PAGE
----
August 14, 2006

2nd in charge

I was looking at the image I posted with the post below called King me. It gives me pause to consider that you spend all your time in the game attacking the other King and protecting your own. However, the most powerful piece on the board is the Queen. The female, the second in command (at least hierarchically).

What is it about the second in command that makes it so powerful? You of course have your own authority in that position, but you are also covered in the mantle of the visible leader. Often, in the second hand position, you can go places and do things that you couldn't in the position of the actual leader. The leader must be diplomatic and political. The second position, much less so. The second can wield power in a much different capacity.

I had the opportunity in the military to work for multiple Battalion Commanders. (Lt. Colonels to those without the experience.) They lead a group of 400-600 people depending on the type of organization and it's TO&E (Table of Organization and Equipment). I was a lowly Corporal, but I was often seen as someone who held vast power in the organization. I was able to walk into the Commander's office virtually at will on a daily basis and discuss things with him that most would never dream. To see a very basic org chart for a Battalion, click here. Technically, I was way down at the bottom in a support platoon.

In reality, I shared the commanders visions for their organizations. I had to know how they felt and what they desired. When I saw things that didn't fit with that, I often corrected them myself. When that wasn't politically possible due to rank structure, I was able to bring the issues directly to his attention. My own Company Commanders and First Sergeants were wary of me when I came prowling around. They never knew if I was there of my own volition or on the direction of the Bn Commander.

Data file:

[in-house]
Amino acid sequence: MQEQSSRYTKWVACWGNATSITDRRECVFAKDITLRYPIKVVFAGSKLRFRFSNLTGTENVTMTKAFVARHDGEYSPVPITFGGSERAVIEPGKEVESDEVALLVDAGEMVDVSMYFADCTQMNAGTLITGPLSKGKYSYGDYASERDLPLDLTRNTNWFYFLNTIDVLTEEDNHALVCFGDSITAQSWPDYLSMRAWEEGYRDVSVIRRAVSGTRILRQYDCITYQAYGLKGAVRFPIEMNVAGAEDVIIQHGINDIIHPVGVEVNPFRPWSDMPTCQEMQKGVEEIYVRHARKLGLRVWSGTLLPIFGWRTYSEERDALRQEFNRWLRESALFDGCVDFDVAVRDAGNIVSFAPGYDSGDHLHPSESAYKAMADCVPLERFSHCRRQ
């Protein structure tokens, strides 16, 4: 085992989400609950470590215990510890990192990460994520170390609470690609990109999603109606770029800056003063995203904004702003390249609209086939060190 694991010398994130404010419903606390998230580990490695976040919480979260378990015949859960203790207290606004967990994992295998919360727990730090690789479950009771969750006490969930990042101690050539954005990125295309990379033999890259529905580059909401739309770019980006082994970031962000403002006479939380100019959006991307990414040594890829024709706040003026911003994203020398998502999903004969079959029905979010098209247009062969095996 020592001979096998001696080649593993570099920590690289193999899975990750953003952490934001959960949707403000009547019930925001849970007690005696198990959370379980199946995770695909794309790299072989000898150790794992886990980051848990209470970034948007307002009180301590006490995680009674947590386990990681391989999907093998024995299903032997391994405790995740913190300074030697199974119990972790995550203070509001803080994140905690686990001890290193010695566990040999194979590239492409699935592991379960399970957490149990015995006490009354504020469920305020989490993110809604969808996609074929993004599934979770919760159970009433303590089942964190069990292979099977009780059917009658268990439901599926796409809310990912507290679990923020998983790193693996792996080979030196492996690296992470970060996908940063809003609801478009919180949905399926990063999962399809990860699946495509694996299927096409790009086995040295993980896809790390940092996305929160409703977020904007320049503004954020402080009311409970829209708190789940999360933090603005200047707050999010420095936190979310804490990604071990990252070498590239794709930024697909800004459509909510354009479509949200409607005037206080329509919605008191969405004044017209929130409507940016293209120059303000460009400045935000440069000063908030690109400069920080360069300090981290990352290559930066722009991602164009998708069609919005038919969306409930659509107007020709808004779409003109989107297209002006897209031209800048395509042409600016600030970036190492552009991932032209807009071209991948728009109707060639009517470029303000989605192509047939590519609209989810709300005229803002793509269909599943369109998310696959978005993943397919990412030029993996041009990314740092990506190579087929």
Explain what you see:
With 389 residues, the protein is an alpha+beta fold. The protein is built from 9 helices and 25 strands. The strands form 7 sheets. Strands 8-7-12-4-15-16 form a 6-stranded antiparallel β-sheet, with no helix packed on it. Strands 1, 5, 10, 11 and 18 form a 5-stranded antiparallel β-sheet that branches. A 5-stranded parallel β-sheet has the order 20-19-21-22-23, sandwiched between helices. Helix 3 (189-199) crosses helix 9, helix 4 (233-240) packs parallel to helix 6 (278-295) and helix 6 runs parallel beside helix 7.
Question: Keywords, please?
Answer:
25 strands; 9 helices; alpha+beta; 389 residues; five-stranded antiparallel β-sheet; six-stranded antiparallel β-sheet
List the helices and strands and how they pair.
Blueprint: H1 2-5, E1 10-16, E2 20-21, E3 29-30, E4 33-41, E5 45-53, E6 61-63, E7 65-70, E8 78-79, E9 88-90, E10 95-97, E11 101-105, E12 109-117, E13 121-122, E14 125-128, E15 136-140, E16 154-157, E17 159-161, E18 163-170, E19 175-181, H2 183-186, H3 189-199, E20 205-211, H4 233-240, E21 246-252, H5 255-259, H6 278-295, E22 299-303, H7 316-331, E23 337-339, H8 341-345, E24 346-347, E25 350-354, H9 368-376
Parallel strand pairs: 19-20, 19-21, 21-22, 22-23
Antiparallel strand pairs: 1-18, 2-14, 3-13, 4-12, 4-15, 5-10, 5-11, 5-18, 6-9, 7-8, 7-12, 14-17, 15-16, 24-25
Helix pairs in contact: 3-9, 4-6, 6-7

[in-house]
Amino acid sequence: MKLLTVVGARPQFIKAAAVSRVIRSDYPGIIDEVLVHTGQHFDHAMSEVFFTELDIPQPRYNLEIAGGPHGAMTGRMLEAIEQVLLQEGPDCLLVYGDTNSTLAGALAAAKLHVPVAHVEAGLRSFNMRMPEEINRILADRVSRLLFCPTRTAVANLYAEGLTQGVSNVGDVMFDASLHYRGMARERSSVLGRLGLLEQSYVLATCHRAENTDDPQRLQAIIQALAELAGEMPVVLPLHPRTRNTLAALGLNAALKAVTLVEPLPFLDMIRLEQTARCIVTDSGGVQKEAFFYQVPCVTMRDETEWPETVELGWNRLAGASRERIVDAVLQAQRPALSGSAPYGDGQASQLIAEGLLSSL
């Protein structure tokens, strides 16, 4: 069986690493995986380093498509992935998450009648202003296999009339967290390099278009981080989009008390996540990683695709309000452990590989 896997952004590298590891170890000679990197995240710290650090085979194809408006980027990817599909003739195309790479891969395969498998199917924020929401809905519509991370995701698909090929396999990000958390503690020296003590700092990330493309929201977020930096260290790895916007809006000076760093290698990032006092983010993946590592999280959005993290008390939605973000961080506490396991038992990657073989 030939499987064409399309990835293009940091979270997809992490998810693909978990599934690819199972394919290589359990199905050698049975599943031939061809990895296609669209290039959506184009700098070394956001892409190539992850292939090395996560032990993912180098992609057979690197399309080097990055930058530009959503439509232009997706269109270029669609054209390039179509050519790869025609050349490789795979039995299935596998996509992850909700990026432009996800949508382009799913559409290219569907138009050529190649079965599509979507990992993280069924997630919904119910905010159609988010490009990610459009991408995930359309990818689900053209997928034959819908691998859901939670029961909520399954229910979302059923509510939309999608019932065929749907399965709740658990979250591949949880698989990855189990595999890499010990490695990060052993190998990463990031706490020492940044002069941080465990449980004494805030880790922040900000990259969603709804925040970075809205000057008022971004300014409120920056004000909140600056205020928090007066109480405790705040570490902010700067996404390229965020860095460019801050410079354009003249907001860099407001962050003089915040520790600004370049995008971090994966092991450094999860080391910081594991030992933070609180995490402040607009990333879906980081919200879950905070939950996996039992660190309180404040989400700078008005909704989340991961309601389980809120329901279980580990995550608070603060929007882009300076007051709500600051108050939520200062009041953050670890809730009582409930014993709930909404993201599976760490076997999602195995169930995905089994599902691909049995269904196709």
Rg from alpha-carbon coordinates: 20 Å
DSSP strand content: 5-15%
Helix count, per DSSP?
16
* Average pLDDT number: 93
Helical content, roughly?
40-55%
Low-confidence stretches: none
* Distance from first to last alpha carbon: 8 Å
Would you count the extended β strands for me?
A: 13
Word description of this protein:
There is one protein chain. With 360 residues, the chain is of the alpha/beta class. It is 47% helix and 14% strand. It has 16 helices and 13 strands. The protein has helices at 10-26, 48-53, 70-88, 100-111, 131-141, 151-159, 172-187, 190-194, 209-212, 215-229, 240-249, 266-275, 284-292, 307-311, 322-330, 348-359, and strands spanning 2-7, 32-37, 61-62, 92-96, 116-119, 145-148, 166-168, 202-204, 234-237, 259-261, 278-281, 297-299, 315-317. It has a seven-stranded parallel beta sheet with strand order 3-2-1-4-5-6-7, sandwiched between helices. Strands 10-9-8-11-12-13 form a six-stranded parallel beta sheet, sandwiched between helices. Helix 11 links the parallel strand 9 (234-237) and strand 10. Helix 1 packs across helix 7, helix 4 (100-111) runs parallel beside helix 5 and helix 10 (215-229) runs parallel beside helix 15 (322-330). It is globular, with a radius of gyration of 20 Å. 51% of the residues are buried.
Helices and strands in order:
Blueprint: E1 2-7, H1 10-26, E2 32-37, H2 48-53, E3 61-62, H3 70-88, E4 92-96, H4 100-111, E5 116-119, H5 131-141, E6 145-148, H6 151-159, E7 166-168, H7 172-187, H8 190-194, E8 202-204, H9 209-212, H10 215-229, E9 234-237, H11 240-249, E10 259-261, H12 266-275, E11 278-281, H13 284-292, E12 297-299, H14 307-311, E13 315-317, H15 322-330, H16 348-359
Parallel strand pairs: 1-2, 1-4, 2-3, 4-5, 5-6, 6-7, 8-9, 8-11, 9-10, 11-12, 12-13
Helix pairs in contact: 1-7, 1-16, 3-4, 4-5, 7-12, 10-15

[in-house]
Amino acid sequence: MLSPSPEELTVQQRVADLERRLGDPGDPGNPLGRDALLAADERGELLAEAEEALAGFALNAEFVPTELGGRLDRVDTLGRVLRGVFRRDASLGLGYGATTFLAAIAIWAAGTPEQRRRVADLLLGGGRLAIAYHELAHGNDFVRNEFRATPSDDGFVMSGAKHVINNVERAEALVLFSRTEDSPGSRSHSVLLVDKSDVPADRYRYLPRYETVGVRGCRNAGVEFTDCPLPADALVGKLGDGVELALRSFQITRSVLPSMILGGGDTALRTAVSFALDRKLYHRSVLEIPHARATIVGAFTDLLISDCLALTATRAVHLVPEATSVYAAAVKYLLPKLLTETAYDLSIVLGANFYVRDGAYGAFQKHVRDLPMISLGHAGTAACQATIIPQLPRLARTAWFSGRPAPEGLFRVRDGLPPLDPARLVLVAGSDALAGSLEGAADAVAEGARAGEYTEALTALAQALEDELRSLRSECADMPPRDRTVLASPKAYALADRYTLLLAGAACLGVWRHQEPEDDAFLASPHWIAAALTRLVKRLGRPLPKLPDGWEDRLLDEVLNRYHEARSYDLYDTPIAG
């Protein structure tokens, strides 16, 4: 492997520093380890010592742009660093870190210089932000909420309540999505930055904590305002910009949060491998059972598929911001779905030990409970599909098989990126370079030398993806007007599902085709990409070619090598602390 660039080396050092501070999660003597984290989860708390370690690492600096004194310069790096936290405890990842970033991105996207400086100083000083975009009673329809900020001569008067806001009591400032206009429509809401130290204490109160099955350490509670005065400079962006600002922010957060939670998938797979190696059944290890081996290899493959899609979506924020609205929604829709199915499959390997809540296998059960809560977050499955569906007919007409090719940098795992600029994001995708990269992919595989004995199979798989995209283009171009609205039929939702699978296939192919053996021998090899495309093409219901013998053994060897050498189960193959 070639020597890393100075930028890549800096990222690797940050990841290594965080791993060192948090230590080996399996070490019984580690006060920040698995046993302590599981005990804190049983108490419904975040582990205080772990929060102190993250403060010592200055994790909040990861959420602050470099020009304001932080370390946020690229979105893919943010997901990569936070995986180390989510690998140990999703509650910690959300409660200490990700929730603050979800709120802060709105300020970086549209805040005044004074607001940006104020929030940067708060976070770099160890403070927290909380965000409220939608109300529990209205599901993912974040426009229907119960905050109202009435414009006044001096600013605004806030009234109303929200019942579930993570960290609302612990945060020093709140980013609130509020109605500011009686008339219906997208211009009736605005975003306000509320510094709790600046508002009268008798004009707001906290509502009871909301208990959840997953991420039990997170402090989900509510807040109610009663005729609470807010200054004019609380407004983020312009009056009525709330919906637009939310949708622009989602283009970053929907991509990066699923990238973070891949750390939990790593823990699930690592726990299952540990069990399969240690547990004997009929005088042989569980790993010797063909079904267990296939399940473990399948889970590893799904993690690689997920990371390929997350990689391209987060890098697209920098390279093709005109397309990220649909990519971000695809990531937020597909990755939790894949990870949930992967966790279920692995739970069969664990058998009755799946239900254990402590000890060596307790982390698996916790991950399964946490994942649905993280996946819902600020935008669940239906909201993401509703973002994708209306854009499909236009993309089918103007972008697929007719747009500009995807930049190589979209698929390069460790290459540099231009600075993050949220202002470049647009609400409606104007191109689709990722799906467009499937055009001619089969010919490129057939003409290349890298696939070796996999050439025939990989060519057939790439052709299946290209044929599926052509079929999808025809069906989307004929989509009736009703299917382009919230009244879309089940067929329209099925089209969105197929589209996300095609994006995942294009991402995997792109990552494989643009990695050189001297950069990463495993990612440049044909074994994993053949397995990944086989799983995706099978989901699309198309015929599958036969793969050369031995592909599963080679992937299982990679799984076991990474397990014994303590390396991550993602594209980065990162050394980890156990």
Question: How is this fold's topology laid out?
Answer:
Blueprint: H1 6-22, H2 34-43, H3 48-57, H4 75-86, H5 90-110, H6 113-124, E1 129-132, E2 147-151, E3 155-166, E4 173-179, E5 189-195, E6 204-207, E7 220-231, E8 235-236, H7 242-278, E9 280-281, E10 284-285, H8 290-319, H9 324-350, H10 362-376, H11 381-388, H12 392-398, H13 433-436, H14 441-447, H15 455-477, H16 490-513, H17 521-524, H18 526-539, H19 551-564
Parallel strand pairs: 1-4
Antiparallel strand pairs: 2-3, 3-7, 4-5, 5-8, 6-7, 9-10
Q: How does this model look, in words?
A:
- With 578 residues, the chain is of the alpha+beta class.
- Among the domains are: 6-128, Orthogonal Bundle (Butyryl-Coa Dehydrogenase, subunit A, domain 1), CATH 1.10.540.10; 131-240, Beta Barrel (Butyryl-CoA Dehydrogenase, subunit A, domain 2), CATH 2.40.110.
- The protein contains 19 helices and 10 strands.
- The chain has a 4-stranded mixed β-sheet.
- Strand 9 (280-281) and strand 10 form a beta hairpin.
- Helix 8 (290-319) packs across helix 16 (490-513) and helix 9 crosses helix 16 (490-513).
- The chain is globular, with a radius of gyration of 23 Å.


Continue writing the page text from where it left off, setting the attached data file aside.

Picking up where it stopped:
I recall once walking from my desk where I was working with the Bn Co. late at night before he had to brief the European Commander (CINCEUR). I wasn't sure of a word spelling in the brief and walked into another part of the office to get a dictionary. As I returned, I commented, "It must be good to be the King." He stuttered and started, "I could have gotten the dictionary." I was horrified. "Oh, no, I didn't mean about getting this, I was commenting that leading all these people must be very gratifying." He echoed something I've read in many military books. To be a commander of men is both the best and the worst thing you can ever do. However, once you get the taste for it, you'll always crave it.

I crave to be that second power. The one with the true power on the board. While it doesn't shoulder the responsibility of the leader or get the attention of command, the benefits are there. You have immediate access to your own success. The result of your actions may be transparent to everyone else, but undeniably, you see the result of your efforts. Do we really require credit and title to be the most powerful on the board? Is it enough to simply be the Queen?

August 13, 2006

King me